p o e m i o a n  f l o r a 


The Battle Commander stood at a table littered with portfolios, dispatches, cups,

quills, inkpots, maps pinpointing citadels—Baradulim and Bel Grando,

Ahandin, Zorio, Zorzanelo and others, a multitude, as far as Burgas,

Pera and Constantinople.

He was engaged in leafing through random chapters

of a massive manuscript inscribed in tendrils of gotic textualis,

yet he seemed engrossed by neither contents nor appended llustrations.

What was clear was that he lingered over only the parts about dogs,

“strong and fierce, raised on purpose to be vicious and to bite”

(per ipsum designum demonstratur):

lank dogs cloaked in vests of donkey or buffalo hide, bearers of fire

in copper cups; and especially the horseman struggling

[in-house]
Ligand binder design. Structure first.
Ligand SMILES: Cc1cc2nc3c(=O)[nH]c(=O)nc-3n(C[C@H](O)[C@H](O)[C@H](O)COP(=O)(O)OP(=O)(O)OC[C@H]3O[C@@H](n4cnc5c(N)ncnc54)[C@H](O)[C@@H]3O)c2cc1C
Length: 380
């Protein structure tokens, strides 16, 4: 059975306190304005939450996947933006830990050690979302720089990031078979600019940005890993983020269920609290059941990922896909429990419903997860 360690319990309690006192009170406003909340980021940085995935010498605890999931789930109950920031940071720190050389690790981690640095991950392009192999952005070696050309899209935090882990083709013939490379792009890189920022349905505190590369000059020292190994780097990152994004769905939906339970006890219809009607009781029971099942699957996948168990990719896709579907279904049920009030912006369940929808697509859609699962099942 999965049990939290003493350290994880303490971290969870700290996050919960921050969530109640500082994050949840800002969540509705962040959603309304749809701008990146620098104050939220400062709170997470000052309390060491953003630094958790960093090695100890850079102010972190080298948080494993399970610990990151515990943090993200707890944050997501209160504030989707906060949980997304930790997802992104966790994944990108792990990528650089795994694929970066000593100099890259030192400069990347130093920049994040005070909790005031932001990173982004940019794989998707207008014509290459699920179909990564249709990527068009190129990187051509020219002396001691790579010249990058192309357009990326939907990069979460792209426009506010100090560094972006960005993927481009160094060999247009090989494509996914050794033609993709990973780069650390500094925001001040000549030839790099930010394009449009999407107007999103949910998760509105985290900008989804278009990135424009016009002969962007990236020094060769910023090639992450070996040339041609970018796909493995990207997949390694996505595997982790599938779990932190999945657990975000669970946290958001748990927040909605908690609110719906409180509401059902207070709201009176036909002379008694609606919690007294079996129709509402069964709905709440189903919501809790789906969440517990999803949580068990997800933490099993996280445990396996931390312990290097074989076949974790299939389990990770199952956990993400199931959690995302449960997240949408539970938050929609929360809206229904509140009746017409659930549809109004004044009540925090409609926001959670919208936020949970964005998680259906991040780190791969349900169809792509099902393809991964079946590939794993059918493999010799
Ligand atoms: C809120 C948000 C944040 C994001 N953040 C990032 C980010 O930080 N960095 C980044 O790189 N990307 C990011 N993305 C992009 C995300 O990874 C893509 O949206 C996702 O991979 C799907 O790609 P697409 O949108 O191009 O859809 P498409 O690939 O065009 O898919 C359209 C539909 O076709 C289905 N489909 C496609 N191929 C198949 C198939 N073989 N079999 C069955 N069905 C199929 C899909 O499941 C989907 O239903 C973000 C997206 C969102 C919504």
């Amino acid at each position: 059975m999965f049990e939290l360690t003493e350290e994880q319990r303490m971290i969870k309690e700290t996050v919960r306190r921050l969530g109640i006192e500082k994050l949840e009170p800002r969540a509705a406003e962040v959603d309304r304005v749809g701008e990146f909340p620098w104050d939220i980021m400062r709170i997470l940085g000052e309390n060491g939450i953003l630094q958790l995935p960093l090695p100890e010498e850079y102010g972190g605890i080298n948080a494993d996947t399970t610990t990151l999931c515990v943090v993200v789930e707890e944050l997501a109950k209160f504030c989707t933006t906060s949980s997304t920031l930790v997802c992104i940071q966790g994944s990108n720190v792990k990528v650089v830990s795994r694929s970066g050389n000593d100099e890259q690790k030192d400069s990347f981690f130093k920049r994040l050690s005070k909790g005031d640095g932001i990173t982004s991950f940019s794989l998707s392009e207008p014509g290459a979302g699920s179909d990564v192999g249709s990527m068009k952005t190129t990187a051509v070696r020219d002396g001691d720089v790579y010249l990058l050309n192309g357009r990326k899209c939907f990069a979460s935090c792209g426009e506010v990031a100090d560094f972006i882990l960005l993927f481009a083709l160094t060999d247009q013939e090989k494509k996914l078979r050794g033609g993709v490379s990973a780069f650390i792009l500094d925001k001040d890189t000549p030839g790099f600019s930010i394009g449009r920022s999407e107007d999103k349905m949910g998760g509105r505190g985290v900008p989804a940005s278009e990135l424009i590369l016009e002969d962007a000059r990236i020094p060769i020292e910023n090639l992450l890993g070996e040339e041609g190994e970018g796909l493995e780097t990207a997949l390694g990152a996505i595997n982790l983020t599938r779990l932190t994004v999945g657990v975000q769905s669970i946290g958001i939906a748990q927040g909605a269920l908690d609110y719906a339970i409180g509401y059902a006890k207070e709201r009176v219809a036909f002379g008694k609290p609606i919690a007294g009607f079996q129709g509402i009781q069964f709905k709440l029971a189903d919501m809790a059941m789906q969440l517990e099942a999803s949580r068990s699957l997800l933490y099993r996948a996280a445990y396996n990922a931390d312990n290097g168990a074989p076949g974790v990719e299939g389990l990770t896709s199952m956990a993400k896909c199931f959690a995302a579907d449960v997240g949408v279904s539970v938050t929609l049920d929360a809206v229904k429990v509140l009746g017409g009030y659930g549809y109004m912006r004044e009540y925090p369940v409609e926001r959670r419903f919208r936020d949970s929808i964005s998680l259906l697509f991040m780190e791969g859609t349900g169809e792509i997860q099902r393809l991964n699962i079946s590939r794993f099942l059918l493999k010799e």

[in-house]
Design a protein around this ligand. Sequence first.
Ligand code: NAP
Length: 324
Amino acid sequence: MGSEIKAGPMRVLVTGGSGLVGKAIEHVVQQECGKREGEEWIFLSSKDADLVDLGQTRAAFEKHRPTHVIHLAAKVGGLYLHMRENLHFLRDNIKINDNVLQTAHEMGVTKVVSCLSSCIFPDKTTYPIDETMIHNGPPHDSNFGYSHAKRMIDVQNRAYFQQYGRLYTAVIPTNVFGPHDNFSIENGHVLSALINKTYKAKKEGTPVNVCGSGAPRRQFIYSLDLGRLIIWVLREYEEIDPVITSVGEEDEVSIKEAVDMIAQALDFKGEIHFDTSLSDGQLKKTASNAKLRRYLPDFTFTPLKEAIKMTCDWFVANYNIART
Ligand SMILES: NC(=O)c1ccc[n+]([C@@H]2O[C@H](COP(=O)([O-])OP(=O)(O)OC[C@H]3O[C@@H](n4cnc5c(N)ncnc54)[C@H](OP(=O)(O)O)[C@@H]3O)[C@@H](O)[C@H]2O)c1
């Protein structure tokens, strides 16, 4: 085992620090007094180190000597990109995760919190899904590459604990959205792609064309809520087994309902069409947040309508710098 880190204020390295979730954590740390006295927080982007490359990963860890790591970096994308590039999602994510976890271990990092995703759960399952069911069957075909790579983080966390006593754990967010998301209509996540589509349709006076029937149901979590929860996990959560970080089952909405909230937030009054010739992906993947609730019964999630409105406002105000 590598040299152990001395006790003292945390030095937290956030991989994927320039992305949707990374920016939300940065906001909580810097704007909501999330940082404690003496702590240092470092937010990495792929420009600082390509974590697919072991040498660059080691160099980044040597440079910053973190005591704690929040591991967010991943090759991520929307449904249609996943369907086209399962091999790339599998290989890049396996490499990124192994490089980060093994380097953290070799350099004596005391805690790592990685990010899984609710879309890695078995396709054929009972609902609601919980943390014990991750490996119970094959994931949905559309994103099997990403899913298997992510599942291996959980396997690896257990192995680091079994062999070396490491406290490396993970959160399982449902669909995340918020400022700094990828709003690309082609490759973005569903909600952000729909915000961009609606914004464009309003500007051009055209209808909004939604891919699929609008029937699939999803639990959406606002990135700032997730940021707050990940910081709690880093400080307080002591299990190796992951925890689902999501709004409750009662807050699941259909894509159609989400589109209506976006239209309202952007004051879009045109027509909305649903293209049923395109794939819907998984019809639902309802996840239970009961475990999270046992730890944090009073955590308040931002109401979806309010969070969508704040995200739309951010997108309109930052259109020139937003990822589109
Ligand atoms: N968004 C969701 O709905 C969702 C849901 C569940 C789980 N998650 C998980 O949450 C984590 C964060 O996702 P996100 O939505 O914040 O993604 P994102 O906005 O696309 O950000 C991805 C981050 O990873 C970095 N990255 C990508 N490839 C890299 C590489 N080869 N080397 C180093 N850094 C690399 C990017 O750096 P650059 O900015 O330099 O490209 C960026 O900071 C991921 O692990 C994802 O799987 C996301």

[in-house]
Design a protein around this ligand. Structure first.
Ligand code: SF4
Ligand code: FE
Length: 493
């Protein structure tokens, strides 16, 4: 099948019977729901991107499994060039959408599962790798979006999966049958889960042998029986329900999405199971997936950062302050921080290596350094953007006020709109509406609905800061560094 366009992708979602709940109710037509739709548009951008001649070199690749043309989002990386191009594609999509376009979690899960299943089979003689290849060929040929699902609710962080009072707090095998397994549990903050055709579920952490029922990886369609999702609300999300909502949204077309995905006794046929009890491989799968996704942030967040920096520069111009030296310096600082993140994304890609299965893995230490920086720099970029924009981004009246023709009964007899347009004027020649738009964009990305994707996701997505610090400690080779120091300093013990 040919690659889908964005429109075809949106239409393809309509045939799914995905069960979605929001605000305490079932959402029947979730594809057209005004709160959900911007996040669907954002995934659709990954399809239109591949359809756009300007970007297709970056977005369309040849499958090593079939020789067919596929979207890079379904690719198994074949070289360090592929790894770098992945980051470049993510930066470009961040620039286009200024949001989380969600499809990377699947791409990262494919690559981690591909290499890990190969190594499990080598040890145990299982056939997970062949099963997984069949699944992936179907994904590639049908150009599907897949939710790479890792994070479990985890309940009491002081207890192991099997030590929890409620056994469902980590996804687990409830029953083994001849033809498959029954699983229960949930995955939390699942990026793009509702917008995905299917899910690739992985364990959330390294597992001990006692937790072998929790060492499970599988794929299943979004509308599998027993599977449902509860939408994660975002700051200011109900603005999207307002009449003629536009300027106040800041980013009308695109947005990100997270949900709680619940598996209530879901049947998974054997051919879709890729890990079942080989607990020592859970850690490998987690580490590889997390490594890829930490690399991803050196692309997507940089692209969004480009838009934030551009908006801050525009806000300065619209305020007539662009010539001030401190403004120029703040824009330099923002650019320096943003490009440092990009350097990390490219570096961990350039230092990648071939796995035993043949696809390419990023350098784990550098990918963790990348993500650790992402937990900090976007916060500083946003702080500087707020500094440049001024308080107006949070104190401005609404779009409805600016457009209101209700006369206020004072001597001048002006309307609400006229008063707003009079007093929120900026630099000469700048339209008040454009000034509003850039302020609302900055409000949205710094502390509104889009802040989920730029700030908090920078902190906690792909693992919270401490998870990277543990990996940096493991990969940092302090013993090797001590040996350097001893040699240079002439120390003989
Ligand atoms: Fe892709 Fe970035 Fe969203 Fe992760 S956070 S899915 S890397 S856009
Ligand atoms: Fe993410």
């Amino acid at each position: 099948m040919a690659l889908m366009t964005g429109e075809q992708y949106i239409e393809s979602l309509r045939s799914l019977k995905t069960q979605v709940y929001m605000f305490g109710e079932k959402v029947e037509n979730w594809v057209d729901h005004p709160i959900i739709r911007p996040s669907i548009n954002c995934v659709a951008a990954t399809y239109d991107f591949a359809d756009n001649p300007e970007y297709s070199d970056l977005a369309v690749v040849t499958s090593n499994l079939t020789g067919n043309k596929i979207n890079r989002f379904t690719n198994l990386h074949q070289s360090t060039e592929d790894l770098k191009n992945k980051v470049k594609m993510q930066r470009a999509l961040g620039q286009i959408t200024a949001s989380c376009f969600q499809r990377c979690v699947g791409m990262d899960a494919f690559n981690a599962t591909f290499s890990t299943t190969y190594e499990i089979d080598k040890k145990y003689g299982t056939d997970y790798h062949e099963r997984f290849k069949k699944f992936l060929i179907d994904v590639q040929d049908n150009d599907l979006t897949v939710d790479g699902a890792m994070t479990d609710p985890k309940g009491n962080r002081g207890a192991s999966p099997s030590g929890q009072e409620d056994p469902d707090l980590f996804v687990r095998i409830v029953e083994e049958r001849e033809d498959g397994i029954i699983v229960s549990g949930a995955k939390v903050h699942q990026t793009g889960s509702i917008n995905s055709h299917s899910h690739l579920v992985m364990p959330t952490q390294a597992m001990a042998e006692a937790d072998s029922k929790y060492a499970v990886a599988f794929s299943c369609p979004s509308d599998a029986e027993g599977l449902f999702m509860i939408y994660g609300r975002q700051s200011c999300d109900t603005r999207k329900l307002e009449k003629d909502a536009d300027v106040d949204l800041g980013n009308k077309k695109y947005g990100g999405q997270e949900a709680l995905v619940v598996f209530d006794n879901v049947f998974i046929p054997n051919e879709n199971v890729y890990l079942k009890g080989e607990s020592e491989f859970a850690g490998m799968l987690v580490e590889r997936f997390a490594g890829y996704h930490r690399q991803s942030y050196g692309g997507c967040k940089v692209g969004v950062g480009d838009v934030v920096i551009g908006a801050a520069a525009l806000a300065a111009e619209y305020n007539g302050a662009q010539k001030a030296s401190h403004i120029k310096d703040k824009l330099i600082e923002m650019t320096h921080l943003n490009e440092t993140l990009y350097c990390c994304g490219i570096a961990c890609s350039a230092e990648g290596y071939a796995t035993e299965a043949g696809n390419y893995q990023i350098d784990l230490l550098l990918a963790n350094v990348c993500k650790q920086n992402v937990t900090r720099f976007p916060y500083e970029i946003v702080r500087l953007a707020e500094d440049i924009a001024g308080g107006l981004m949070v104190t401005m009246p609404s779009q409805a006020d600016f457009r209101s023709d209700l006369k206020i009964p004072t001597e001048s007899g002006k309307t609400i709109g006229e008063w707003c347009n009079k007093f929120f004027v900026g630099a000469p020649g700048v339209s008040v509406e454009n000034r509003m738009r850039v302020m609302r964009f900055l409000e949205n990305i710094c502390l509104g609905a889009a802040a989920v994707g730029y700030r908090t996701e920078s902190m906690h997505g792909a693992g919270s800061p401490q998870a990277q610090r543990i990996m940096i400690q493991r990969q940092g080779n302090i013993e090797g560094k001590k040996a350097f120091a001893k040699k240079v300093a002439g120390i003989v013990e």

in his steel-armor trap, the cavalier, cornered, who endeavors to do battle

against chimeras of barking air but loses his balance,

tumbles heavily to the ground, helpless.

“It’s passing strange,” the Battle Commander muttered to himself.

“Everything is represented here

as if we fought (and died) in a perfect desert:

no house in sight, no trace of a tent, no river or tree.

Just the dogs’ presumptive howl at the moon, ripping shrill

through the dense black sheet.”


The Battle Commander drifted into a deep reverie. No images flitted through his mind.

No fancied apparition with six hands, grasping

in each an adder, a torch, the talisman of a hairbrush,

a key, a whip, a dagger.

For some moments, his thoughts turned (inexplicably) to belladonna;